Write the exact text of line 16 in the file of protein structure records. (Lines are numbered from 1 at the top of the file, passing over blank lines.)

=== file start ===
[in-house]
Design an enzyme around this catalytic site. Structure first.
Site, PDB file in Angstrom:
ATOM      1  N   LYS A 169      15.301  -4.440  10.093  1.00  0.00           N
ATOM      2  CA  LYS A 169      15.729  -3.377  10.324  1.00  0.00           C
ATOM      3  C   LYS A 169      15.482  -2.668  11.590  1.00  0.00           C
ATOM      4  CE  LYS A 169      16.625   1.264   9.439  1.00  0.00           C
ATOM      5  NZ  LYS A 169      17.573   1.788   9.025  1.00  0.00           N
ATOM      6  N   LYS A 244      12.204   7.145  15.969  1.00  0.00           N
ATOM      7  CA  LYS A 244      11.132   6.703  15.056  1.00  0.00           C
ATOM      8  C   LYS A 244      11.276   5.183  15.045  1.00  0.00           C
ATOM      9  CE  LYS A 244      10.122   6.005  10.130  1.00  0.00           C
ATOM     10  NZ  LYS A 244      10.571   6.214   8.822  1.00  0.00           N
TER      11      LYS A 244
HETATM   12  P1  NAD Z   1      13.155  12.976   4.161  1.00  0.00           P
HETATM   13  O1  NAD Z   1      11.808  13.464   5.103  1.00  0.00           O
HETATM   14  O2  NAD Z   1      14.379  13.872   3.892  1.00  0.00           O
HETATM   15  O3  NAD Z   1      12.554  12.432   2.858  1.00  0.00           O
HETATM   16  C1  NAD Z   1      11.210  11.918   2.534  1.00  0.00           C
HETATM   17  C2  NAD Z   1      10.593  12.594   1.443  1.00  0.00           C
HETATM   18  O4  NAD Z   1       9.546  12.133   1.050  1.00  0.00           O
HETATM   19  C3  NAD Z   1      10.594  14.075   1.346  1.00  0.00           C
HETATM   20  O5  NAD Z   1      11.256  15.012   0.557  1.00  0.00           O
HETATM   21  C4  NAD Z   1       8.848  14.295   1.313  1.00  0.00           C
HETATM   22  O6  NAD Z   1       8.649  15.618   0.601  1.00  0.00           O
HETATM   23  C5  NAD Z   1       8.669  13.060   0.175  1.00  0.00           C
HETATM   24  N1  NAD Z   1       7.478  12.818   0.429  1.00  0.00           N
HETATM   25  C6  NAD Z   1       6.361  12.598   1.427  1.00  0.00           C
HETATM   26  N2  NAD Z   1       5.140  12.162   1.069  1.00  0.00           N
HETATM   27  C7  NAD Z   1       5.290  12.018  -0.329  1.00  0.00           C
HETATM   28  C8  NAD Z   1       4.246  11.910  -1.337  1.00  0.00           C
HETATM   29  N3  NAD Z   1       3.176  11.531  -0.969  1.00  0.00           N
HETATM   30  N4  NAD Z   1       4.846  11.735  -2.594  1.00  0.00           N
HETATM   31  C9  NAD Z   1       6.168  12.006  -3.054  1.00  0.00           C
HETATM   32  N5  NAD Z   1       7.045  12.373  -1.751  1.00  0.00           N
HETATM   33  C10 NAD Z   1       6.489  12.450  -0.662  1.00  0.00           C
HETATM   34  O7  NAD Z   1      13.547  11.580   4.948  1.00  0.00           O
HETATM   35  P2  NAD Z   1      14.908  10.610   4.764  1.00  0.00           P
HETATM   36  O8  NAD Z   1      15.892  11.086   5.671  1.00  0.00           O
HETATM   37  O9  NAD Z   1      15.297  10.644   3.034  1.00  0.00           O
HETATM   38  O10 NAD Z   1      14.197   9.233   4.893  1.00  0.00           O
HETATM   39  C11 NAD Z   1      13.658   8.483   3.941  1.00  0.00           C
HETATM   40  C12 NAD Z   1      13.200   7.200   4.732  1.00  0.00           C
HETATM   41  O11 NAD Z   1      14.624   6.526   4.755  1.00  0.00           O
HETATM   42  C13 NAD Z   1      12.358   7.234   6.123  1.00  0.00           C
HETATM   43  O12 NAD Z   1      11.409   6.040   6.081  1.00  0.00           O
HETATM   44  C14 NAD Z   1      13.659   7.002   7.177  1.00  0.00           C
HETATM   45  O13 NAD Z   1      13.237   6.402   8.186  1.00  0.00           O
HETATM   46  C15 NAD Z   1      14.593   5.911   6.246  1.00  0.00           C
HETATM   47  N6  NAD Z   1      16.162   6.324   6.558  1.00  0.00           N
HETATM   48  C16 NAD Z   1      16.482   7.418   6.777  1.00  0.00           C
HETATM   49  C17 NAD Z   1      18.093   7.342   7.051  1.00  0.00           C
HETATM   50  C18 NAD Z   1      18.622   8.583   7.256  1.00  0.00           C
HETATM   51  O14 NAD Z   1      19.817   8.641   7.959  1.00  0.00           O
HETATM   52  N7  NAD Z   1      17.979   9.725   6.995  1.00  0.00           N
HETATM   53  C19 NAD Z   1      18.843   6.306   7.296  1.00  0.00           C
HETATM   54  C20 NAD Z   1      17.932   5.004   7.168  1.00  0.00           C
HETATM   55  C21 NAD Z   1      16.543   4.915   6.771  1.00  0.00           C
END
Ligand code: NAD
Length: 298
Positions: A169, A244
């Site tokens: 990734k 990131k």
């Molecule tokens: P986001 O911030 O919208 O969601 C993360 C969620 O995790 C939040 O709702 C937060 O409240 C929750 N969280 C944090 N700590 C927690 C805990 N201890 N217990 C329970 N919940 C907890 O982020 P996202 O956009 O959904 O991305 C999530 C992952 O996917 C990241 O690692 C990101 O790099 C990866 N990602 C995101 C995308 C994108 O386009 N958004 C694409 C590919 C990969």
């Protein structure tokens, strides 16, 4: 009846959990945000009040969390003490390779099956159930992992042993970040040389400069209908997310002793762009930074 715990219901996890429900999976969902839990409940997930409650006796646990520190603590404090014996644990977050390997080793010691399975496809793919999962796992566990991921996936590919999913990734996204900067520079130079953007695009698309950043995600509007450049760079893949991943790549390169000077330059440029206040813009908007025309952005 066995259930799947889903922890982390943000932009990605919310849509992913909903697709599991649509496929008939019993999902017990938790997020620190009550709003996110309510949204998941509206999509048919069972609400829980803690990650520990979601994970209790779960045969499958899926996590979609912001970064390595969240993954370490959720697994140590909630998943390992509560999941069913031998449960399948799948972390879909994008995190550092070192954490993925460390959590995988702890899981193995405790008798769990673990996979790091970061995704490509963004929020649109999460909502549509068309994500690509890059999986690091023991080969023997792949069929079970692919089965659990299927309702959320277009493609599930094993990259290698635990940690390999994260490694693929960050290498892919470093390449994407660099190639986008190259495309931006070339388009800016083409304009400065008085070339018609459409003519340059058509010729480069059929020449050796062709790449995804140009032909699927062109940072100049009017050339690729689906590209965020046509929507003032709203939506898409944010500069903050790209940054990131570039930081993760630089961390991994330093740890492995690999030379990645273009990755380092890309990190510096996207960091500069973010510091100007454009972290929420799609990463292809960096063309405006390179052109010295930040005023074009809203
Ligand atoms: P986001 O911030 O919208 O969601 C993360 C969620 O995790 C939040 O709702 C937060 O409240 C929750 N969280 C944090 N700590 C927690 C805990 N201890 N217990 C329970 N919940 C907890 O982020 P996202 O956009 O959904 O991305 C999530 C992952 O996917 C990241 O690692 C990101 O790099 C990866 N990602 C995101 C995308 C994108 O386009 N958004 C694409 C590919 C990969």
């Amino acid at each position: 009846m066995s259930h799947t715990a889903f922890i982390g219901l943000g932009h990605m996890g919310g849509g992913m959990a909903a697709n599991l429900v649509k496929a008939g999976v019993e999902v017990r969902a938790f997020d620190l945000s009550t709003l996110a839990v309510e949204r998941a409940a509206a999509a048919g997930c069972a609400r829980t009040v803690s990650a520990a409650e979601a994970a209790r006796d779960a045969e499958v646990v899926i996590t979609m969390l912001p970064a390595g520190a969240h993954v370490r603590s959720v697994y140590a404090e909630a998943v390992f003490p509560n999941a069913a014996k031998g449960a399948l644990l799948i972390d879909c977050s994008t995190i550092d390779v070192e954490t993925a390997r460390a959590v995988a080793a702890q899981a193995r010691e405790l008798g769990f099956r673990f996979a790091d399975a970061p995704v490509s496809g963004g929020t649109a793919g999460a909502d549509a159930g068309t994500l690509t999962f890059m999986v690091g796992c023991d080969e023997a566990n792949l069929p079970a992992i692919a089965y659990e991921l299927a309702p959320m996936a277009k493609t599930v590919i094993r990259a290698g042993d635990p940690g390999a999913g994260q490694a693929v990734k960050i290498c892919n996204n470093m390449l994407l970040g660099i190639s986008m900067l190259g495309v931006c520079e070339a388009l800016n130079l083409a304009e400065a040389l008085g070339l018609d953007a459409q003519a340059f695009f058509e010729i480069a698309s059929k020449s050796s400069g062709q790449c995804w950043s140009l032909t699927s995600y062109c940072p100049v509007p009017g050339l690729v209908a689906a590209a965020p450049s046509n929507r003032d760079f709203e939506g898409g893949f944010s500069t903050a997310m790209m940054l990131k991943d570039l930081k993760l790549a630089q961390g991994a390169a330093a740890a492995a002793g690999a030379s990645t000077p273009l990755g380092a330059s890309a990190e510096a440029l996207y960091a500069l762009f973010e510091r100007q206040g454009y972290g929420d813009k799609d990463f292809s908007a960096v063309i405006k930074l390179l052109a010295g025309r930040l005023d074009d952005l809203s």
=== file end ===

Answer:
HETATM   13  O1  NAD Z   1      11.808  13.464   5.103  1.00  0.00           O